Executive summary of “Does customer sociability matter? Differences in e-quality, e-satisfaction, and e-loyalty between introvert and extravert online banking users”

Journal of Services Marketing

ISSN: 0887-6045

Article publication date: 7 October 2014

930

Citation

Beal, B. (2014), "Executive summary of “Does customer sociability matter? Differences in e-quality, e-satisfaction, and e-loyalty between introvert and extravert online banking users”", Journal of Services Marketing, Vol. 28 No. 7. https://doi.org/10.1108/JSM-09-2014-0301

Publisher

:

Emerald Group Publishing Limited


Executive summary of “Does customer sociability matter? Differences in e-quality, e-satisfaction, and e-loyalty between introvert and extravert online banking users”

Article Type: Executive summary and implications for managers and executives From: Journal of Services Marketing, Volume 28, Issue 7

This summary has been provided to allow managers and executives a rapid appreciation of the content of the article. Those with a particular interest in the topic covered may then read the article in toto to take advantage of the more comprehensive description of the research undertaken and its results to get the full benefit of the material present.

The people who run banks must sometimes wonder if they just can not win when they try to comply with customers’ needs and preferences about accessibility – opening times, online versus personal service and the like. On one hand, you have customers who are offered the ease of checking balances or making payments via the Internet in the comfort of their own home at any time they like, then complaining that they seldom get the chance to speak to “a real person”. Then you have people who are offered convenient branch opening hours, or the opportunity to talk to a “real” person at the bank, who shun those possibilities because they would rather avoid personal contact when they make transactions.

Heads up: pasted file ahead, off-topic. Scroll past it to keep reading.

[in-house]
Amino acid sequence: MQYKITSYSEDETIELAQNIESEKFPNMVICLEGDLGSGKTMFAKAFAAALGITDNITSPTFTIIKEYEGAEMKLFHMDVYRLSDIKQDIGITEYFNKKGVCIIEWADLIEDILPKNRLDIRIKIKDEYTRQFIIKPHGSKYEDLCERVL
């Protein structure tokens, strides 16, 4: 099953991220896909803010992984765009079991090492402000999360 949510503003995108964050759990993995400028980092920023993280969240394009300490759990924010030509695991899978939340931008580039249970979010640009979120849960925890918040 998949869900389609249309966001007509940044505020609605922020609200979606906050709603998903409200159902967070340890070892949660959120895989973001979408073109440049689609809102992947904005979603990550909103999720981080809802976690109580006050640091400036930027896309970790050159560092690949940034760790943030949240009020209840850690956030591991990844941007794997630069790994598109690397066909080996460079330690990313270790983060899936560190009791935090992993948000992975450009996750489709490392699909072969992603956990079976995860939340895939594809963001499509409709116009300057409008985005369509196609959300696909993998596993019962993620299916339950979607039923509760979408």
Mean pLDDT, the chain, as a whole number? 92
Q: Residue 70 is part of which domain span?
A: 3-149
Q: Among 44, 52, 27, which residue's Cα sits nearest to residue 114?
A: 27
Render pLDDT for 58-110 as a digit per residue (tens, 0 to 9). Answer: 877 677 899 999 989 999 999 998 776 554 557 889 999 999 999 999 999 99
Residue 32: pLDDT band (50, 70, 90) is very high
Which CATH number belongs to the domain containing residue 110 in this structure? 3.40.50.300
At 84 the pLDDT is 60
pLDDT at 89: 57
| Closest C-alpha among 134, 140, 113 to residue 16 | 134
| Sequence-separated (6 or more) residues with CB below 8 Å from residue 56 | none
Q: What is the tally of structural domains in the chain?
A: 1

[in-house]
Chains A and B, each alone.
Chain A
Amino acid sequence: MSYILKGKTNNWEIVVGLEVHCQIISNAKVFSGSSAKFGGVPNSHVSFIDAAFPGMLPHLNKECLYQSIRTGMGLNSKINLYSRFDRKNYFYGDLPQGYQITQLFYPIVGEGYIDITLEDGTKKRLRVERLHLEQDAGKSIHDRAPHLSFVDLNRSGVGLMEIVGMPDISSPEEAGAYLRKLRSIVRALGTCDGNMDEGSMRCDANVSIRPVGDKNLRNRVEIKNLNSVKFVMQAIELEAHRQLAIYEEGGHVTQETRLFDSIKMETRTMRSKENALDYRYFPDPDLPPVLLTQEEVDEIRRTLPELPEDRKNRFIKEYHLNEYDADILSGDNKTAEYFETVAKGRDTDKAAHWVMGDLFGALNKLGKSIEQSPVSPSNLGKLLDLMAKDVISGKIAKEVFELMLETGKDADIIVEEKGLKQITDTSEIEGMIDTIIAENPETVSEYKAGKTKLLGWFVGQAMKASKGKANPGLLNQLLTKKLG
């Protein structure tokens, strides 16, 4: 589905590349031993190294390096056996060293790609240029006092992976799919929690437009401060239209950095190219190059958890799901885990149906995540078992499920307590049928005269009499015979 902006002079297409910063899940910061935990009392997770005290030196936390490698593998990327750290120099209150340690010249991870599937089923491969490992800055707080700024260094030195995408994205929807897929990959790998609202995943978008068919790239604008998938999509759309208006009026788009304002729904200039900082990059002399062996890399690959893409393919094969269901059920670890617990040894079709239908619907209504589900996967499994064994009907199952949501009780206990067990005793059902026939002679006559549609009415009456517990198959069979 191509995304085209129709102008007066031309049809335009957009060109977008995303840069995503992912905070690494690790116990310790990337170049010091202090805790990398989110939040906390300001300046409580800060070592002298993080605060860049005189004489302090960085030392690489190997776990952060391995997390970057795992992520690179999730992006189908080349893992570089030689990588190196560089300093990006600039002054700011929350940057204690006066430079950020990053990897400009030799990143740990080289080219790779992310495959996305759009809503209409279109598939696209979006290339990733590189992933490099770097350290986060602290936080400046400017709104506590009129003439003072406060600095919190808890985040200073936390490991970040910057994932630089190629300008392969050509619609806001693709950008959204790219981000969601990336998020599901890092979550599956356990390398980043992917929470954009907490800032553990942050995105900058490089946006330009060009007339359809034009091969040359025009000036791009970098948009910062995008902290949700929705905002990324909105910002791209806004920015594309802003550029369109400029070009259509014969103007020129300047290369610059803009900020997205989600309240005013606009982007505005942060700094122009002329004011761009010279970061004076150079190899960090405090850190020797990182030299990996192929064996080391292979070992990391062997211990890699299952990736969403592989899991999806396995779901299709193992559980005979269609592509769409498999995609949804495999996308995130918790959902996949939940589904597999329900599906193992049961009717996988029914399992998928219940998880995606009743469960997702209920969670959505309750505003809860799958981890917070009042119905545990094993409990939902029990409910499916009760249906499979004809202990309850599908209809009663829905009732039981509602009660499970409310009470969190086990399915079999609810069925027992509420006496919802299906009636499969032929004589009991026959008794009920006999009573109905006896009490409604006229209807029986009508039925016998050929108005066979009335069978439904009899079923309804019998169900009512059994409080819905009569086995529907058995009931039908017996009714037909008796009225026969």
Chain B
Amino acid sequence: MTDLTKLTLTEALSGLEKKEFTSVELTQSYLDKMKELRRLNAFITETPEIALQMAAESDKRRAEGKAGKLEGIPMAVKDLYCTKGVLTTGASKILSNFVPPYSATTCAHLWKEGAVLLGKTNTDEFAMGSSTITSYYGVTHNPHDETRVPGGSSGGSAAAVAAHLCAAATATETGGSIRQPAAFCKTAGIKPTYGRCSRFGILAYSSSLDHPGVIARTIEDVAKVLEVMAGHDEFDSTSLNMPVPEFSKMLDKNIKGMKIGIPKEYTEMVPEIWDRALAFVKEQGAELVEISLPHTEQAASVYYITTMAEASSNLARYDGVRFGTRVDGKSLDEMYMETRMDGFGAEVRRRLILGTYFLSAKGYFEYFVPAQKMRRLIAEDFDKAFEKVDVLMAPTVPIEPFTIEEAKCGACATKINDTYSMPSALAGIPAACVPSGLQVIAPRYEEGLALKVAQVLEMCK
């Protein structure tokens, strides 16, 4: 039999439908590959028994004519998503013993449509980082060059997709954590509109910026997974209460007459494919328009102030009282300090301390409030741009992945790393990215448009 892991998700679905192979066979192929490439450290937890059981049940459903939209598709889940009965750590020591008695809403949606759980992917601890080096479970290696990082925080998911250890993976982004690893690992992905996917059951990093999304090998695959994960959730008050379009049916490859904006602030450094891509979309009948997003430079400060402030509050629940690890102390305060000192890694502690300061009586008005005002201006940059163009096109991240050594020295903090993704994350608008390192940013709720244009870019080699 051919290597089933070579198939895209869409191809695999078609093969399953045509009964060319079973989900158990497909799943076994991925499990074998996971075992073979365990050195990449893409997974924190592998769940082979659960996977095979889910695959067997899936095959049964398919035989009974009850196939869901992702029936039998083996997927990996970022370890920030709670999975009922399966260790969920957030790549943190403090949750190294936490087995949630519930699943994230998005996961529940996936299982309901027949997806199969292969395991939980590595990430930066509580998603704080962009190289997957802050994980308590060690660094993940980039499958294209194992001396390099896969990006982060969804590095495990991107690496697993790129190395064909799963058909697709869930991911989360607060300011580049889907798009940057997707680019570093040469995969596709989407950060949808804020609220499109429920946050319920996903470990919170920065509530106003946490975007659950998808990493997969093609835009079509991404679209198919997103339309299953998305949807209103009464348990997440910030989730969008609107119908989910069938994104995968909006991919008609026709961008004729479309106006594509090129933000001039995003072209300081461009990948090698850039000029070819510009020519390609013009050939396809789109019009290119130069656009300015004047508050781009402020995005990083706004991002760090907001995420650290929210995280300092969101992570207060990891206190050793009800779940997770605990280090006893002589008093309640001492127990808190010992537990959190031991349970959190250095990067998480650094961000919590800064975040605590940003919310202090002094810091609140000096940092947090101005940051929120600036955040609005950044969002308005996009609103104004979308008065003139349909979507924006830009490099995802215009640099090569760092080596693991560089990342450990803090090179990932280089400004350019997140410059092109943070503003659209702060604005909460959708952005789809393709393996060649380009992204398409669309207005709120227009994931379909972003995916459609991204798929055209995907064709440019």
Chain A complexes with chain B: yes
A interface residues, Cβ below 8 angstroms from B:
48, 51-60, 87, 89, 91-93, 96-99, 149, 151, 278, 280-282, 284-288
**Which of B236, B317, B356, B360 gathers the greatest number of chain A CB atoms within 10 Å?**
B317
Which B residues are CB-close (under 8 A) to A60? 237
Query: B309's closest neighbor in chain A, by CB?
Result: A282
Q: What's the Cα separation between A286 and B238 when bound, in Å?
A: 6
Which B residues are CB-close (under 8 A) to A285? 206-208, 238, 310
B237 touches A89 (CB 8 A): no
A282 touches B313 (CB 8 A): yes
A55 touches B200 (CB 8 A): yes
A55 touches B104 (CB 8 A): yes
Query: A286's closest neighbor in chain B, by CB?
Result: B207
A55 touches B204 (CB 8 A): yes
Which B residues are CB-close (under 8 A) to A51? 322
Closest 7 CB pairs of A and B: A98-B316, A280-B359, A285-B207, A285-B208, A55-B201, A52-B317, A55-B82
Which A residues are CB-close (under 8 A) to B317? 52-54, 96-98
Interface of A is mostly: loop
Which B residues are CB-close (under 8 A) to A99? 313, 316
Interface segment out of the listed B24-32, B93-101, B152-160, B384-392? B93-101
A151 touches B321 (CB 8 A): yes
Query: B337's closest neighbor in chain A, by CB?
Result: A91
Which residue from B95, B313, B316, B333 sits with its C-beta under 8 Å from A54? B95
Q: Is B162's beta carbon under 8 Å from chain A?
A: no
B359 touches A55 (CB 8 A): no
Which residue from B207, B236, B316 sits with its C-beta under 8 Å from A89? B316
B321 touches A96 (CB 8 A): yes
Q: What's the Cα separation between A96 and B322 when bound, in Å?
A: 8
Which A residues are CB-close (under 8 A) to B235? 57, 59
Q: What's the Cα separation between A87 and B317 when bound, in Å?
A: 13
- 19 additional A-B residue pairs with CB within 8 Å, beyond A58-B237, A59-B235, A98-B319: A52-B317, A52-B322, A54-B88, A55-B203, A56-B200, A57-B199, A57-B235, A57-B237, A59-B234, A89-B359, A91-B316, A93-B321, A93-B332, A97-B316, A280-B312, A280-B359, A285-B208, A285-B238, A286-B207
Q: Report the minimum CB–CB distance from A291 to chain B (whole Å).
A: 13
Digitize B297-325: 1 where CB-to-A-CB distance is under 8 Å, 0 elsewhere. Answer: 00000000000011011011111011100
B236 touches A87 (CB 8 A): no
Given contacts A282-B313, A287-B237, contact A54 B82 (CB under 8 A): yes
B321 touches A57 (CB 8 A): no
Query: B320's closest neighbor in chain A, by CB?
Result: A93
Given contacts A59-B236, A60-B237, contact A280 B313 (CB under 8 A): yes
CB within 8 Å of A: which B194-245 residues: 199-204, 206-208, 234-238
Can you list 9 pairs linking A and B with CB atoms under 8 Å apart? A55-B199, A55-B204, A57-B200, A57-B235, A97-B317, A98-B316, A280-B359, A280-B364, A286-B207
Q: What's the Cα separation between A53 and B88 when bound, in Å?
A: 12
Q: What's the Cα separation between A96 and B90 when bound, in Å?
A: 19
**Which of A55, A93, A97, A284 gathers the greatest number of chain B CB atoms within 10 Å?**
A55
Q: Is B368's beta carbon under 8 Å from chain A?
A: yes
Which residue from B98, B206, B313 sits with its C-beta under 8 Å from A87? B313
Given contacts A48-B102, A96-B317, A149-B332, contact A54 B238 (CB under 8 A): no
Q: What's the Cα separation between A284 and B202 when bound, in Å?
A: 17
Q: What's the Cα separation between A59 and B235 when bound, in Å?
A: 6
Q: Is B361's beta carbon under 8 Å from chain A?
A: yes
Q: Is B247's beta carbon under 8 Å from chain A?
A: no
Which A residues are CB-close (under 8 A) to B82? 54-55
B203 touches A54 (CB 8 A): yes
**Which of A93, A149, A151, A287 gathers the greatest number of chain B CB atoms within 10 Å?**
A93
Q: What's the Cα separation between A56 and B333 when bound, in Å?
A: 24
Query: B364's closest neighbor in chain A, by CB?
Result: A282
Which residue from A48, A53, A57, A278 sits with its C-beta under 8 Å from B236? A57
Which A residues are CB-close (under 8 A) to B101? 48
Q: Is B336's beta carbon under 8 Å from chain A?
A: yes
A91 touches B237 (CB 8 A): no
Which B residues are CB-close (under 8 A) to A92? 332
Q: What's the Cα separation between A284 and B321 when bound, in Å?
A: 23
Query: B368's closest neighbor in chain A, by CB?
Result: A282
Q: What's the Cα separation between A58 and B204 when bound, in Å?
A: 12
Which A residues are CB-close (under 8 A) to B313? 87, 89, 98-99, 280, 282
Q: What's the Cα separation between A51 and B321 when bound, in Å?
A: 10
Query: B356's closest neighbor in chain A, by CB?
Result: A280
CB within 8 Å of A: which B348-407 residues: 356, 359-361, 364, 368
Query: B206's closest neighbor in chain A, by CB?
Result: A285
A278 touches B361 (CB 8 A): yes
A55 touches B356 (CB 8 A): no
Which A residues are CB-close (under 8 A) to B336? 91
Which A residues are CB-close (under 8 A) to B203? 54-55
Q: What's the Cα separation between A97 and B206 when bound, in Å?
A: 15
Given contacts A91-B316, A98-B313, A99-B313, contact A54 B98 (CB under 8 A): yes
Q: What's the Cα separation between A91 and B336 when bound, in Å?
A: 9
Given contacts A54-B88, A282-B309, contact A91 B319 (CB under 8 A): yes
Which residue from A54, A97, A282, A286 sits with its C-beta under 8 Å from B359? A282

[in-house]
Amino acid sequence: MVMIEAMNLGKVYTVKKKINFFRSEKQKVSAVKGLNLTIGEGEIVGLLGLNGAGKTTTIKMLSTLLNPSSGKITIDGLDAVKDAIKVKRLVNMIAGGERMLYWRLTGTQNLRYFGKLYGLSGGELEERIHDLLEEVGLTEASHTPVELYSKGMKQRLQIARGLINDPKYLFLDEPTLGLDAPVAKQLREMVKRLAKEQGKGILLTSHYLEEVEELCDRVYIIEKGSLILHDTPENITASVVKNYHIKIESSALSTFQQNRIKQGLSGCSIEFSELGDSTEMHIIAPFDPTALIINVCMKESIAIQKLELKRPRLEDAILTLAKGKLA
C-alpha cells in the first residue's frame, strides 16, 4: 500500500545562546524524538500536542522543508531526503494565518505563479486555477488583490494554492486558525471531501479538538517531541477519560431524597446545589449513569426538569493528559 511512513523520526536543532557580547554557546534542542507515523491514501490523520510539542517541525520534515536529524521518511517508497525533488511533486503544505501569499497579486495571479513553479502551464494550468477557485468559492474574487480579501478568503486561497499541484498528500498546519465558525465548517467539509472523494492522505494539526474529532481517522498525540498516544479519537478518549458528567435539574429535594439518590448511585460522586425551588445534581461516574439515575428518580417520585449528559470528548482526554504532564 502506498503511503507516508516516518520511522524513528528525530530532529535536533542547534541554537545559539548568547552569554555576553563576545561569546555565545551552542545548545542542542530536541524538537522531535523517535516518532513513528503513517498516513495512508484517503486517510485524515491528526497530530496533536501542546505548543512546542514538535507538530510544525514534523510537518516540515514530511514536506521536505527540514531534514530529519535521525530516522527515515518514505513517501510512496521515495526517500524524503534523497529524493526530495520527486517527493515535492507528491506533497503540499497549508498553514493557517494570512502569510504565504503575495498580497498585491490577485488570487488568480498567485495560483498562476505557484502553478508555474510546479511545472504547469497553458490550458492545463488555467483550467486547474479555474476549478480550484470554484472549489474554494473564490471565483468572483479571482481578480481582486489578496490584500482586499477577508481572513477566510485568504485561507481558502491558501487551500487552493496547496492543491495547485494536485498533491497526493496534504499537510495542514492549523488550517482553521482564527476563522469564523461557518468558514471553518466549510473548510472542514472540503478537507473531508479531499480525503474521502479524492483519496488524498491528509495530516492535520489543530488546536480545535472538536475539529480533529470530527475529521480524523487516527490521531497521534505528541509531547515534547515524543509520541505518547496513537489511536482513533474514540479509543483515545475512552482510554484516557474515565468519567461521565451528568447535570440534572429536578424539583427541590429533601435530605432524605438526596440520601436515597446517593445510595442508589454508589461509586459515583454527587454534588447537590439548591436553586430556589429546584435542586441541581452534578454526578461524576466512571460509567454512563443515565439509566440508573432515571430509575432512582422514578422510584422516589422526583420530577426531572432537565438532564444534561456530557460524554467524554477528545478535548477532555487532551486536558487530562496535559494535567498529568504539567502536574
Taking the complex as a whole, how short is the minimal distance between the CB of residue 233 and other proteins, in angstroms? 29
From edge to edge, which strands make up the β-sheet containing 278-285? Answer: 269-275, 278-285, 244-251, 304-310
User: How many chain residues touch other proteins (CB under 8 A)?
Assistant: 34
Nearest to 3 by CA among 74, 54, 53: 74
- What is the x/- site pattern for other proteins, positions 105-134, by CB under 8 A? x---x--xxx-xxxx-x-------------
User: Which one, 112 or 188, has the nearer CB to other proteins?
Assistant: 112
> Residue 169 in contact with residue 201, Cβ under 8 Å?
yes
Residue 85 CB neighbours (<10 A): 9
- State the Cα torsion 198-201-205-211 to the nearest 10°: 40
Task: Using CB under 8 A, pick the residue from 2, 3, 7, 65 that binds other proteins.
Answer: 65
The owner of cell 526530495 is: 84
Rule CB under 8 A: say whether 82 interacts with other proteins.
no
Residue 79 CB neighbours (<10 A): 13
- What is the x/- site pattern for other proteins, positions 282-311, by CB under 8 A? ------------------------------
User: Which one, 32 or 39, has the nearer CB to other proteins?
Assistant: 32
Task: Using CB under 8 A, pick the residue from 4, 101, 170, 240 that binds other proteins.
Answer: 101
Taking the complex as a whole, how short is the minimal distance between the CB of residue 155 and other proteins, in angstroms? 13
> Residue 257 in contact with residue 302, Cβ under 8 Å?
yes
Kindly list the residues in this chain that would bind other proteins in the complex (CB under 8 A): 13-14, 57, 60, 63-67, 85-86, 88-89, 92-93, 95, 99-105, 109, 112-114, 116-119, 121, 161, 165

Like all competitive businesses, banks have to do what they can to encourage their customers to do business with them rather than a competitor. What they can not do is treat customers all the same. One size does not fit all and in respect of weighing up the pros and cons of online as against personal services, banks have to take into consideration that some people are more sociable than others – with the introverts and extraverts having very different preferences. The paradox here is that the technology which banks are using to build stronger relationships with their customers in a bid to gain competitive advantage might simultaneously both motive people and isolate them.

Take phone banking, for example, when you are merely trying to get an automated message to check the balance or a transaction and you get re-directed to a “real person”, one customer (the extravert) might value the chance to speak to a bank employee, while another (the introvert) might consider it an unwelcome interruption. The growth of online services has dramatically changed the way in which customers and organizations interact, with online service quality being one of the most researched topics of marketing due to its relationship with cost, satisfaction, retention and loyalty.

In “Does customer sociability matter? Differences in e-quality, e-satisfaction, and e-loyalty between introvert and extravert online banking users”, Dr Mohammad Ahmad Al-Hawari investigates whether the influence of e-quality and e-satisfaction on customer e-loyalty is affected by the level of customer sociability. If these sociability differences are found, banks may need to change their perception on offering the same benefits to all the customers for managing customer e-loyalty. More customization might be required to offer the best services and, ultimately, foster stronger relationships.

A major finding of this study – which was carried out in the United Arab Emirates banking industry – is that the relationships between e-quality, e-satisfaction and e-loyalty are stronger if the online banking user is an introvert (less social) rather than an extravert (very social). That is, e-quality is considered more important by introverts than by extraverts, and introverts exhibit loyalty towards banks’ online services based on e-quality.